Last week I wrote about our camping trip to Langi Crossing for Grant’s birthday. We are very lucky that it is a reliable place to observe Varied Sittellas and they are often observed on the drive in on the gravel road. They are very distinct in flight due to their white wings being clearly visible and size wise there is no other bird similar. When you are walking through the bush or sat in camp it is the sound of the Varied Sittellas that you hearor not as the case may be.

I always seem to hear some of the smaller shriller sounding birds, which Grant does not. Examples are the fairywren species and the Varied Sittella. We can be walking through the bush and I will say “stop” and he will ask what I have heard. Invariably it doesn’t take long and we find what I had already heard. It turns out there is a word for this condition-presbycusis. Presbycusis is age-related hearing loss in humans, but I have also discovered that birds, fish and amphibians do not experience presbycusis due to the fact that they can regenerate their cochlear sensory cells. So, whilst we get older and start to struggle to hear the birds they can still hear us!

Last year when we camped at Langi Crossing the family of Varied Sittellas that are usually in the area had birds amongst them that were clearly juvenile. The younger birds sat close together much of the time. On this recent visit when I heard the Varied Sittellas around camp (and told Grant!) all of the birds were equally developed, so it was not clear which had been the parents. There were six individual birds, which spent a lot of time upside down feeding and flitting from tree to tree in search of food.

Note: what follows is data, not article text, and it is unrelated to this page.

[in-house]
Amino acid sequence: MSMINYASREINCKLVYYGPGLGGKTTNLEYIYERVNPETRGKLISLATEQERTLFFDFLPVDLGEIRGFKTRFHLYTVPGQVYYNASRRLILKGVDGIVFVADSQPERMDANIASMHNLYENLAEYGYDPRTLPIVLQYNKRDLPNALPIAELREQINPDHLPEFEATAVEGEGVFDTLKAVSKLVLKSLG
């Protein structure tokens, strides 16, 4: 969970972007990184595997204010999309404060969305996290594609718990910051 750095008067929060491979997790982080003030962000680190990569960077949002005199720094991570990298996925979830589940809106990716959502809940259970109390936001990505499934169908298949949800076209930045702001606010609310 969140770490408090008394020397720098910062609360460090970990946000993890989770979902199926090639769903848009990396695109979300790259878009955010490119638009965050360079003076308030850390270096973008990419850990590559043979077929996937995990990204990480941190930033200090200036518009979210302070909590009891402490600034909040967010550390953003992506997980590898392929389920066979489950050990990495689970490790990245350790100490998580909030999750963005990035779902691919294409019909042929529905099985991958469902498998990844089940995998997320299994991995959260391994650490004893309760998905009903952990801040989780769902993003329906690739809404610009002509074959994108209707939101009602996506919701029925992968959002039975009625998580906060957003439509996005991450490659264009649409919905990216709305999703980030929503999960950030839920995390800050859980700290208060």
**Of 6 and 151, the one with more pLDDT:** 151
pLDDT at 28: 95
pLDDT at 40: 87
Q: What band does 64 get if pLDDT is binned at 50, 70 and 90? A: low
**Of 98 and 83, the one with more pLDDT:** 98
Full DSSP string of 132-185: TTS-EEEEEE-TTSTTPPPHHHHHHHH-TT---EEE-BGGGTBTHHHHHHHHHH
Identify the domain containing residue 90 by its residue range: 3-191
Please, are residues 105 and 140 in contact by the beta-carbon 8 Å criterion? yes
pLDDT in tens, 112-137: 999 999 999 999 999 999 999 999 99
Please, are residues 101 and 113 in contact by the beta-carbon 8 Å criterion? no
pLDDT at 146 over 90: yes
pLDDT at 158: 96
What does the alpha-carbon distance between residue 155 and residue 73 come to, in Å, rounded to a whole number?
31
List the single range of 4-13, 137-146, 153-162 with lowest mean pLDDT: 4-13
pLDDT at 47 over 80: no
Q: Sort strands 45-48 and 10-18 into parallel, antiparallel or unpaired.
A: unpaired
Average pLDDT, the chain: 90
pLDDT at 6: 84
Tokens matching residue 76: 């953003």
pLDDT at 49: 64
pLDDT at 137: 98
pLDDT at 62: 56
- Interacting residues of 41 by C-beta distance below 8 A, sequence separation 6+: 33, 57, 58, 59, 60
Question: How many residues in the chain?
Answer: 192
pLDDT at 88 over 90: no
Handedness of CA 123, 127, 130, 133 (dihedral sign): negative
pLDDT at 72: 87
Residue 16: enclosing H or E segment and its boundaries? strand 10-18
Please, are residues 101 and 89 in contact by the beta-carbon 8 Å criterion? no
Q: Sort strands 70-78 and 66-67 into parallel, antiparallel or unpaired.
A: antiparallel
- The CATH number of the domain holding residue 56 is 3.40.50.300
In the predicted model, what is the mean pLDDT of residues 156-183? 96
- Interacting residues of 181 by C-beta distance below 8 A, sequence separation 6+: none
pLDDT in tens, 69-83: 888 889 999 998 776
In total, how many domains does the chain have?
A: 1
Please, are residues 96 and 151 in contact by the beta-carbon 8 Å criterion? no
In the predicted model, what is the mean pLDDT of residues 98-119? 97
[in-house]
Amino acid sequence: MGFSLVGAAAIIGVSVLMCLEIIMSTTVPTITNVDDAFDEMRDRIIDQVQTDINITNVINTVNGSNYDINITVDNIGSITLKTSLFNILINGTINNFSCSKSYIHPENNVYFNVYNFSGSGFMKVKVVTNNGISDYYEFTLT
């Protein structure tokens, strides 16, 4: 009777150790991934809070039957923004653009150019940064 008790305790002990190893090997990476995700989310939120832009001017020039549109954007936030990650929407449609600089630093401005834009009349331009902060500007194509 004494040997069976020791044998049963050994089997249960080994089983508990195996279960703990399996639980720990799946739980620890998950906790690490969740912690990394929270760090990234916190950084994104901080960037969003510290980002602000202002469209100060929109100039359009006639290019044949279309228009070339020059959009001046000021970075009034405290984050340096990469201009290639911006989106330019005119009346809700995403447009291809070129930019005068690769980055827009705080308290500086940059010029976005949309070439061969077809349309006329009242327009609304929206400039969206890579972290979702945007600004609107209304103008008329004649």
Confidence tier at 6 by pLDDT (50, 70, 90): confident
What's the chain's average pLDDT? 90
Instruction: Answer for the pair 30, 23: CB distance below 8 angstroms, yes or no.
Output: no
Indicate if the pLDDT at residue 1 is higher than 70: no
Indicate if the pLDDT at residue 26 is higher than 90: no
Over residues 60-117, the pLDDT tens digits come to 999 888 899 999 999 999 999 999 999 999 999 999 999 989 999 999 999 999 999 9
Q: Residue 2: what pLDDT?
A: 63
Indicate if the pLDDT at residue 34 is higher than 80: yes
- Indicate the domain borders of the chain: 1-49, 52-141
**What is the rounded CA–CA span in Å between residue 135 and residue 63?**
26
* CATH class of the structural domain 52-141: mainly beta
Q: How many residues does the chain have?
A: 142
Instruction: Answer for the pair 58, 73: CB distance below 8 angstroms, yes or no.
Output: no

Varied Sittellas are generally vocal, so “if” you have heard them you then find them and then you try and photograph them! That is exactly what happened that weekend-hear, see and then attempt to photograph them. It was overcast at first, so the grey background in the header photograph doesn’t do them justice. Varied Sittellas flit around so much it can be challenging to photograph them to say the least!

Varied Sittella in a typical pose with bad lighting!

Varied Sittella hiding/feeding amongst the leaves

Varied Sittella rear view-no problem!

Varied Sittella

I suspect you have noticed that the Varied Sittellas have brightly coloured legs and feet, so that can be handy too! They are only 10-11cm long, so one of the smallest birds in Australia and if you are suffering from presbycusis you will be relying on your eyesight for any little bit of movement.

Well, it is my birthday today, so I am getting older too and there is no doubt that sooner or later we will both struggle with high frequency sounds. It’s good to know that the birds do not suffer from presbycusis, because they will move when they hear us and then we will see them! That’s comforting to know!

Written by Clare M
Clare and her husband, Grant, have lived permanently in Broome, Western Australia since 1999 after living in various outback locations around Western Australia and Darwin. She has lived in the Middle East and the United States and traveled extensively in Europe. She monitors Pied Oystercatchers breeding along a 23km stretch of Broome's coastline by bicycle and on foot. She chooses not to participate in social media, but rather wander off into the bush for peace and tranquility. Thankfully she can write posts in advance and get away from technology!